The Obsidian Series 500D is a new glass and aluminum enclosure from Corsair that we showed at CES, noting primarily that it took no risks, but was OK overall. The case takes a lot of known-good concepts and merges them in a single enclosure. It’s a safe play -- but safe plays are sometimes the best ones.
The chassis of the 500D is only slightly modified from the 570X, a case that we reviewed highly and gave a Quality Build award back in 2016. That doesn’t give it a free pass--the exterior panels are often what make or break the performance of a case, as we’ll discuss further in the thermal section. As for looks, though, Corsair has successfully adapted old tooling to a new model without obvious compromises, other than some cutouts around the edges that were clearly intended for steel side panels--but those aren’t visible with the case closed.
PlayerUnknown’s Battlegrounds was officially released on PC this past December, but it’s been playable via Steam Early Access for nearly a year now. In all that time, none of us have played the game, despite many requests for benchmarks. Games that are in active development don’t make for easy testing, and neither do exclusively multiplayer games with tons of variance. Even Overwatch has the ability to play against bots.
Now that PUBG is 1.0 on PC and sort-of-released on Xbox, though, we have extra motivation to buckle down and start testing. We chose to start with the Xbox One X version, since the lack of graphics options makes things simpler. It’s listed as both 4K HDR ready and Xbox One X Enhanced, so our primary testing was done at 4K, with additional Xbox One X benchmarking at 1080p for PUBG. Technically, it’s a “Game Preview,” but the list of other titles in this category makes it look like something that was created expressly for PUBG. It also costs full PC price, $30.
This deep-dive looks at PUBG framerate and frametime performance (which is shockingly bad for a console), along with graphics analysis of the game’s visuals. Although the article covers testing and benchmarking in slightly more depth, we’d also strongly recommend watching the video, as it contains visual representation of what’s happening in-game.
The PM02 is the successor to Silverstone’s Primera 01, a case we’ve often referenced but have never fully reviewed. As Silverstone points out on their site, Primera is Spanish for “first,” so please take a quiet moment to appreciate the name “Primera 02.” This (still) isn’t a review of the PM01, but since it will continue to be sold alongside the PM02 (~$140), we took this opportunity to do some testing and make a close comparison. The original Primera should be a familiar sight to anyone that’s seen our render rig or the community-funded gift PC from a few months ago. Because the two cases seen in those videos are being used, we acquired yet another for this article--we like the 01 a lot.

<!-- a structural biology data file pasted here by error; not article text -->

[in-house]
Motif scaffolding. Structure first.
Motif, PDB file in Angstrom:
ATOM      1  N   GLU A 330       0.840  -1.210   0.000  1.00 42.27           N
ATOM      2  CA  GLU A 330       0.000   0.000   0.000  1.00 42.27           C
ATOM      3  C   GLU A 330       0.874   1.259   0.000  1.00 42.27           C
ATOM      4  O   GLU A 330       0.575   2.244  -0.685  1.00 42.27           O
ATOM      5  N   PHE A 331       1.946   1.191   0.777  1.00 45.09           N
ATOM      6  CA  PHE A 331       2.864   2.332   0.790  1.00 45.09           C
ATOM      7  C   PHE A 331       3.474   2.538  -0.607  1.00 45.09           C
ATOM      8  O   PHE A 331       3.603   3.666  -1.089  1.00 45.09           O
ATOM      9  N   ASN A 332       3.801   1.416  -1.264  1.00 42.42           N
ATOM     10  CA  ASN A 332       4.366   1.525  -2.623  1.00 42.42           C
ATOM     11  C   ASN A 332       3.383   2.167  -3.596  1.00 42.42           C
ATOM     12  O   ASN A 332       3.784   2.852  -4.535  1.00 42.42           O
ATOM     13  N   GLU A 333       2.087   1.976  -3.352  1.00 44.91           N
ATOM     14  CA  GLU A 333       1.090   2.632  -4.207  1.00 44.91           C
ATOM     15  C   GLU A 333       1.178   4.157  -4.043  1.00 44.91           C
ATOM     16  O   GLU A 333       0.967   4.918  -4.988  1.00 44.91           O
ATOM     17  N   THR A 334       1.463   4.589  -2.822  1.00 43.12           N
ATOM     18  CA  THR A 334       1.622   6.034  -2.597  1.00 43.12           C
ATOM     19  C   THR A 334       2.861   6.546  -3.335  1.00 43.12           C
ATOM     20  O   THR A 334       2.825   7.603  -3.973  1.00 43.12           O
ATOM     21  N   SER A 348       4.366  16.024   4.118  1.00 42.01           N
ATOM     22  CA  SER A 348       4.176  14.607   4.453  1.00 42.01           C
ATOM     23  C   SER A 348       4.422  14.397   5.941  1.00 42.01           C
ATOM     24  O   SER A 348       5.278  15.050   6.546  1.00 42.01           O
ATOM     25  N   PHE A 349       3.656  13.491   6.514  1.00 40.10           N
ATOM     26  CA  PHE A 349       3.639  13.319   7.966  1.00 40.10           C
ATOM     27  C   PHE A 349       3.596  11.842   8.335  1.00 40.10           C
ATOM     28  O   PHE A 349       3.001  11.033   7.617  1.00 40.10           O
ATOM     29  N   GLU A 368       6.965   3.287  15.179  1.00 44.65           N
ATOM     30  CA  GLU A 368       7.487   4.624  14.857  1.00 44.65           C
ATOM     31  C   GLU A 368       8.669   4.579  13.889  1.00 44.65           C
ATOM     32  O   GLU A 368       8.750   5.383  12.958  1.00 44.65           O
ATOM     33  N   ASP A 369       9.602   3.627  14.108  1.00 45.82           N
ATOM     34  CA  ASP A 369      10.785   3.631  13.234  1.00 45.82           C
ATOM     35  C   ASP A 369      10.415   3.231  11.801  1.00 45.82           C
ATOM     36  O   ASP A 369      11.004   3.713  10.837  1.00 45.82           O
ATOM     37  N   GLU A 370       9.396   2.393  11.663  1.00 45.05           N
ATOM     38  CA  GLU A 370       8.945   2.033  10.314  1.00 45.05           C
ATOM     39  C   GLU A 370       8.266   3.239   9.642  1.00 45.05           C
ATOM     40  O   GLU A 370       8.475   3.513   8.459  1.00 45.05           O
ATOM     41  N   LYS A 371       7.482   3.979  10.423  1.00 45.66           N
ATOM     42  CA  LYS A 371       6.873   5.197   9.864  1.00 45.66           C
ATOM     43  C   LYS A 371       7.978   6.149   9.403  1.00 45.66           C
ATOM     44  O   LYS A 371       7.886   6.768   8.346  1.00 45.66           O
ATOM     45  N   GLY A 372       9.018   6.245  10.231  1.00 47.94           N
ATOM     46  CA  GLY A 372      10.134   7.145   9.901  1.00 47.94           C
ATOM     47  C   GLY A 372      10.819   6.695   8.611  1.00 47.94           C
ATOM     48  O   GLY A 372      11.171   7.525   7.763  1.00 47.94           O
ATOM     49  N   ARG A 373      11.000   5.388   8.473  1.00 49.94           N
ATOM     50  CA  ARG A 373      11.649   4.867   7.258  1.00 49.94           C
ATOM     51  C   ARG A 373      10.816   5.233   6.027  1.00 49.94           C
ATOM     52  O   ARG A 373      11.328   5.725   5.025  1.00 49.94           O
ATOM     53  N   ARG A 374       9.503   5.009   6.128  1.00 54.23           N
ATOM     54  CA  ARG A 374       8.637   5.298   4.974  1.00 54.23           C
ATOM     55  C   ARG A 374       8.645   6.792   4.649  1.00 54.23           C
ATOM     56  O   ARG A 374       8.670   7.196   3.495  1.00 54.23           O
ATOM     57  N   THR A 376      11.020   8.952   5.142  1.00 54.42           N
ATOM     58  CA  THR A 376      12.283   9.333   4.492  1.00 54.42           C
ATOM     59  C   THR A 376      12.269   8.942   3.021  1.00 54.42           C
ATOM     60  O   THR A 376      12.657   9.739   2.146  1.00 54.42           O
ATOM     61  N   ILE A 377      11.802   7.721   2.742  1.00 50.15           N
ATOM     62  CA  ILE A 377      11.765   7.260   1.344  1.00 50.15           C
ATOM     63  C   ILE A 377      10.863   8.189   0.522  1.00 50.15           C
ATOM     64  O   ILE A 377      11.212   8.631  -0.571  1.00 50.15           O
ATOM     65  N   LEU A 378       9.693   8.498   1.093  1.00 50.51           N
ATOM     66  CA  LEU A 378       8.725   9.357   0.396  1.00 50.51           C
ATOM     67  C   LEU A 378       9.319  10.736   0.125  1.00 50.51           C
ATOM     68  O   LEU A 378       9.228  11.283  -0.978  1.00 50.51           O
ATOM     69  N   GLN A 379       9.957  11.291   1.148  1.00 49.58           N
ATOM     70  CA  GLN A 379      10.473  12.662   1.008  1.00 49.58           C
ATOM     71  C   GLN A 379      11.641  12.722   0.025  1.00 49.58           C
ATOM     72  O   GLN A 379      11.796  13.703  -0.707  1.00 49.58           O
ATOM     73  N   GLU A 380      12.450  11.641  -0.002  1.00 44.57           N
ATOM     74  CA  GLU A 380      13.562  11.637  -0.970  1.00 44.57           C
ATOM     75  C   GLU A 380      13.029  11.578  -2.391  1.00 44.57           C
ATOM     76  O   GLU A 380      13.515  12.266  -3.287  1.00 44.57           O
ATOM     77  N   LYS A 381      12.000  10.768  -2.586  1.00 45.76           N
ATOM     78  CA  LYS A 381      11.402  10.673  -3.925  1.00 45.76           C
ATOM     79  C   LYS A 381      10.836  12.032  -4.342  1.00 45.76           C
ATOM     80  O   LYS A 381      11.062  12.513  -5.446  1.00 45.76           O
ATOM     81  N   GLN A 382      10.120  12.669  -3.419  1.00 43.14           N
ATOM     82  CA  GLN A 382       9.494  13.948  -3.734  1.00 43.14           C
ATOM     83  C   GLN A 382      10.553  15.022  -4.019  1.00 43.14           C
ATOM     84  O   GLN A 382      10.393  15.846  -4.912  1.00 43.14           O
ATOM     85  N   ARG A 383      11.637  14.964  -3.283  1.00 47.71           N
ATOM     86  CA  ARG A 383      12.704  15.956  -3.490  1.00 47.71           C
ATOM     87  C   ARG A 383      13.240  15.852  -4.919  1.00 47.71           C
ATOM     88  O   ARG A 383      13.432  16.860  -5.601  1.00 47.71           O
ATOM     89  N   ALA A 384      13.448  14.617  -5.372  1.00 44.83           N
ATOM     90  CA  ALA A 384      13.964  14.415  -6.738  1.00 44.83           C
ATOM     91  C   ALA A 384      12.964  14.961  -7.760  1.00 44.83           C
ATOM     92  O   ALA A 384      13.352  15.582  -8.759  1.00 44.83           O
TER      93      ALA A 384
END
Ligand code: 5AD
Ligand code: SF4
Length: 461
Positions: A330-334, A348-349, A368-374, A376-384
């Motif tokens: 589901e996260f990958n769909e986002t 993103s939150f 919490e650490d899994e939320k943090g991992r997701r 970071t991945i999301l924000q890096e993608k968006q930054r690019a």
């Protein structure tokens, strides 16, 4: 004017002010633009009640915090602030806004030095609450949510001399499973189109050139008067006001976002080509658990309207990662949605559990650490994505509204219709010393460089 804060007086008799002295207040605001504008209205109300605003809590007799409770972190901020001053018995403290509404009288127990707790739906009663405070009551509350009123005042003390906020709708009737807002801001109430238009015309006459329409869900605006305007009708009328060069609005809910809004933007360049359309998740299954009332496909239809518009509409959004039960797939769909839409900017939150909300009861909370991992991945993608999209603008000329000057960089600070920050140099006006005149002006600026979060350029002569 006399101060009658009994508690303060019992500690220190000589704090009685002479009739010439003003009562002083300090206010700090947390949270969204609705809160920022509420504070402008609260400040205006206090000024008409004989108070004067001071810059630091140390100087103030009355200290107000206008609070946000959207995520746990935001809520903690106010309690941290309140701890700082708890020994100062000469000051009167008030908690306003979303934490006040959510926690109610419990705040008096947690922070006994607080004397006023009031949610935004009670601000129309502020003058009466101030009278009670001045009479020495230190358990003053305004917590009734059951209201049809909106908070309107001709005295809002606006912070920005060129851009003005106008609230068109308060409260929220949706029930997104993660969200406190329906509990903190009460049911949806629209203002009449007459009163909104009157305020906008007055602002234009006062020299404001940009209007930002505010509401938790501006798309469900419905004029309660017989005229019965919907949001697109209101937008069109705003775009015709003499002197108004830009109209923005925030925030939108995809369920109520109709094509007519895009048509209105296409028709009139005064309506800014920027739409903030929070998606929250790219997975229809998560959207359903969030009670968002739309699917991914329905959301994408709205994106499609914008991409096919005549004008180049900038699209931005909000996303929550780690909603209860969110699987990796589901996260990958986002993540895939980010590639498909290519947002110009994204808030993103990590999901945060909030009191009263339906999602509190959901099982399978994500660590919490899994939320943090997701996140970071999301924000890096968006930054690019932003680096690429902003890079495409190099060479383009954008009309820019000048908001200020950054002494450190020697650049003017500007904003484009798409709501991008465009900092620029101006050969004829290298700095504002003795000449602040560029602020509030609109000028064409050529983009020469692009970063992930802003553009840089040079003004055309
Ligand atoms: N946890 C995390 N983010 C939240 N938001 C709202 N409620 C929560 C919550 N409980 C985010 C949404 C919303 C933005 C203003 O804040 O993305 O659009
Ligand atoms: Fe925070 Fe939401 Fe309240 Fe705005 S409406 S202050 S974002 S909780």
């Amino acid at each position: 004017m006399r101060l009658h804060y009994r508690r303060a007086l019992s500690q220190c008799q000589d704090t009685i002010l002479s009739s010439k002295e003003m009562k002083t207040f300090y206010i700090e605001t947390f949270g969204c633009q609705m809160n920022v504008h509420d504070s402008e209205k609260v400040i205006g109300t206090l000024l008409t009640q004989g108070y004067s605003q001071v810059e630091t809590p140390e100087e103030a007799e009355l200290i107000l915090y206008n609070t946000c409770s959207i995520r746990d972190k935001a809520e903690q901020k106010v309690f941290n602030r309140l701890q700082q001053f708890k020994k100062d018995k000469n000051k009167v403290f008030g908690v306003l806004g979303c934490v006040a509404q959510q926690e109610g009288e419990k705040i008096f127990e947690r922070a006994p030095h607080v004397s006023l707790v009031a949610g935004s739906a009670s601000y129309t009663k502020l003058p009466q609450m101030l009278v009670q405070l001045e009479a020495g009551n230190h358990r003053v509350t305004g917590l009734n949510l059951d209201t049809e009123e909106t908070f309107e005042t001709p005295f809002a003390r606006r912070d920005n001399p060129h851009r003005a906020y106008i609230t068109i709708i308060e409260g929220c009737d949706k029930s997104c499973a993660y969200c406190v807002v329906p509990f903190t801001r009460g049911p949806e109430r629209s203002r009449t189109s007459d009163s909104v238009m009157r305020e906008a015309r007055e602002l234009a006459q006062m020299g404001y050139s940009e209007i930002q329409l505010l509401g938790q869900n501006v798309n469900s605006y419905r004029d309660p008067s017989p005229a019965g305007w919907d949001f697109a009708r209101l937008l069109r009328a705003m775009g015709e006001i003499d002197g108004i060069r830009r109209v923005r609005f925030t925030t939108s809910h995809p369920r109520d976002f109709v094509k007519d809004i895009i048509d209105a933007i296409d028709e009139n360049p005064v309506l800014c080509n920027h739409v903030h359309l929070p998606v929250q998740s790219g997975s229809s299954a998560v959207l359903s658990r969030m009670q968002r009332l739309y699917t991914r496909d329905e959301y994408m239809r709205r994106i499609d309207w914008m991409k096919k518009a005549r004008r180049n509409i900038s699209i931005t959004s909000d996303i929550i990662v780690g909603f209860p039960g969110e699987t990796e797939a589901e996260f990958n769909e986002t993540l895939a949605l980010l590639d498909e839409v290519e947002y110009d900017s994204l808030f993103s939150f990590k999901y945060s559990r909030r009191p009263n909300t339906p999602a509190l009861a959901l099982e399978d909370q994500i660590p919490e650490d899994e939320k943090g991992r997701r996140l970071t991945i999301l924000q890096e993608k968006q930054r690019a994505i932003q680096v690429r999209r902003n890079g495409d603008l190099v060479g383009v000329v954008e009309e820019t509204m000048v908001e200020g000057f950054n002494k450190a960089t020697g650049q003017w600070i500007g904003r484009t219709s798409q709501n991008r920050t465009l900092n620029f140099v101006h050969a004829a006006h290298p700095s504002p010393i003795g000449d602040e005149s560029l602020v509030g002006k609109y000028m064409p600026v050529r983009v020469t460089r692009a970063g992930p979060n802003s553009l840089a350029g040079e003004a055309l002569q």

This review will benchmark the SilverStone PM01 vs. the PM02 and RL06 airflow PCs, with additional testing conducted across other popular on-market cases, including the H500P.
Samsung recently officially confirmed that they are producing ASICs (Application-Specific Integrated Circuits) intended for cryptocurrency mining, being sold to unnamed clients for ASIC mining machines. These machines are different from GPU miners, and do not meaningfully affect desktop GPU supply.
As the name implies, ASICs are chips designed for a single purpose. There’s nothing unusual about producing ASICs, but mining-specific ones have been the domain of TSMC until now, primarily with client Bitmain. Samsung won’t be doing the mining themselves, just supplying the hardware: TechPowerUp suggests the order was placed by “Chinese clients” which were mentioned in a recent earnings report. Our understanding is that the varieties of cryptocurrency which ASICs can effectively mine are ones that are now beyond the capabilities of home mining operations, like Bitcoin, so they’re used by massive currency farms. SHA-256 algorithms are best mined with ASIC miners.
To everyone’s confusion, a review copy of Dragon Ball FighterZ for Xbox One showed up in our mailbox a few days ago. We’ve worked with Bandai Namco in the past, but never on console games. They must have cast a wide net with review samples--and judging by the SteamCharts stats, it worked.
It’d take some digging through the site archives to confirm, but we might never have covered a real fighting game before. None of us play them, we’ve tapered off doing non-benchmark game reviews, and they generally aren’t demanding enough to be hardware testing candidates (recommended specs for FighterZ include a 2GB GTX 660). For the latter reason, it’s a good thing they sent us the Xbox version. It’s “Xbox One X Enhanced,” but not officially listed as 4K, although that’s hard to tell at a glance: the resolution it outputs on a 4K display is well above 1080p, and the clear, bold lines of the cel-shaded art style make it practically indistinguishable from native 4K even during gameplay. Digital Foundry claims it’s 3264 x 1836 pixels, or 85% of 4K in height/width.
Today, we’re using Dragon Ball FighterZ to test our new console benchmarking tools, and further iterate upon them for -- frankly -- bigger future launches. This will enable us to run console vs. PC testing in greater depth going forward.
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